The filename function splits the file name. However, the @p option can be specified to get the absolute path concatenated with the main path, if the file name is just a relative path. The expression is as follows:
It returns the absolute path concatenated with the main path, and the result is shown as:
When the path is not specified, for example, execute:
It directly returns the main path of the current environment, and the result of this example is d:/test/MyApp.
4.2. Searching path
A project tends to have more files when being large. These project files, especially the developed SPL script files, often require classification management. The main path will be bloated with all the files in it.
Therefore, the SPL's environment particularly set the searching path, which can be separated by semicolons, allowing multiple values to be set in order to better classify the script files.
The setting of the searching path is similar to that of the main path as the attribute in the red box:
The relative path is used to refer to the files in the main path or searching path with slight differences:
1. Only one main path can be set, while searching paths can be multiple.
2. The default option is only relative to the main path when the file function opens the file of relative path. The default option will be relative to searching path with specified option @s, that is, the file@s syntax.
3. The directory@p function will still return the relative path relative to main path rather than absolute path, if the file is in main path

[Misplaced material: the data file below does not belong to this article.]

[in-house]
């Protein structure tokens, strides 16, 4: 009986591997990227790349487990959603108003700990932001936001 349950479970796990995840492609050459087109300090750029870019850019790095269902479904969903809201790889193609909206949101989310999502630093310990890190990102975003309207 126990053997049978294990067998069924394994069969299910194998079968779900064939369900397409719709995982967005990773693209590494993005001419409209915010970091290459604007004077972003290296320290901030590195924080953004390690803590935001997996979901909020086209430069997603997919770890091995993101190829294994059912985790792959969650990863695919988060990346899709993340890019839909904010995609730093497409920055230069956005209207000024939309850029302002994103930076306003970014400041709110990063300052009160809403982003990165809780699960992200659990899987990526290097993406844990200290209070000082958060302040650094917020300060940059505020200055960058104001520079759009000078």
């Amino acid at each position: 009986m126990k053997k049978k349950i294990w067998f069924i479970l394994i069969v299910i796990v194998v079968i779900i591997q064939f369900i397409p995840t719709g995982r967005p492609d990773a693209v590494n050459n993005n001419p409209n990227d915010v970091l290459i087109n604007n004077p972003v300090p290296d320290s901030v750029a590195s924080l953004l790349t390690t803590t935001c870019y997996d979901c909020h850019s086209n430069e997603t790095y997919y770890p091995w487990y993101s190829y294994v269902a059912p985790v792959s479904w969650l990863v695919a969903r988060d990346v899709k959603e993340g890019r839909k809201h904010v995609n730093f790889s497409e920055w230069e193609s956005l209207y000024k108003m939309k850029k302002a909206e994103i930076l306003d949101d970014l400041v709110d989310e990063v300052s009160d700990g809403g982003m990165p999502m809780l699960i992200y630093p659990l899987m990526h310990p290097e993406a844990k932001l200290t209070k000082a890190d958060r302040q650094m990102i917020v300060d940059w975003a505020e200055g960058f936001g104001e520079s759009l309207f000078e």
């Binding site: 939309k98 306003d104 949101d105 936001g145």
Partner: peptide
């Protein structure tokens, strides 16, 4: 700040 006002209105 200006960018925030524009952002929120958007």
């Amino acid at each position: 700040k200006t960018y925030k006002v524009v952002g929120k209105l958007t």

4.3. Temporary path
Temporary files are needed in application development. SPL application environment also set the temporary path to centralize those temporary files. The temporary paths, like searching path settings, are separated by semicolons and multiple paths can be set. Set the temporary path as the attribute in the red box:
You don't need to specify which path to create the temporary file in file@t function like Section 3.2 once the temporary path is set. Instead, the path parameter should be left empty, and then the system creates the temporary file in the first temporary path. The expression is as follows:
Execute to create the temporary file which is in the temporary path specified by the application environment, and the result is as follows:
The temporary file at this time is seen in the temporary path circled by the red box.
Please note that the temporary path of the application environment doesn't have to be set. The above function, which creates temporary files without path, will cause an error if the temporary path is not set.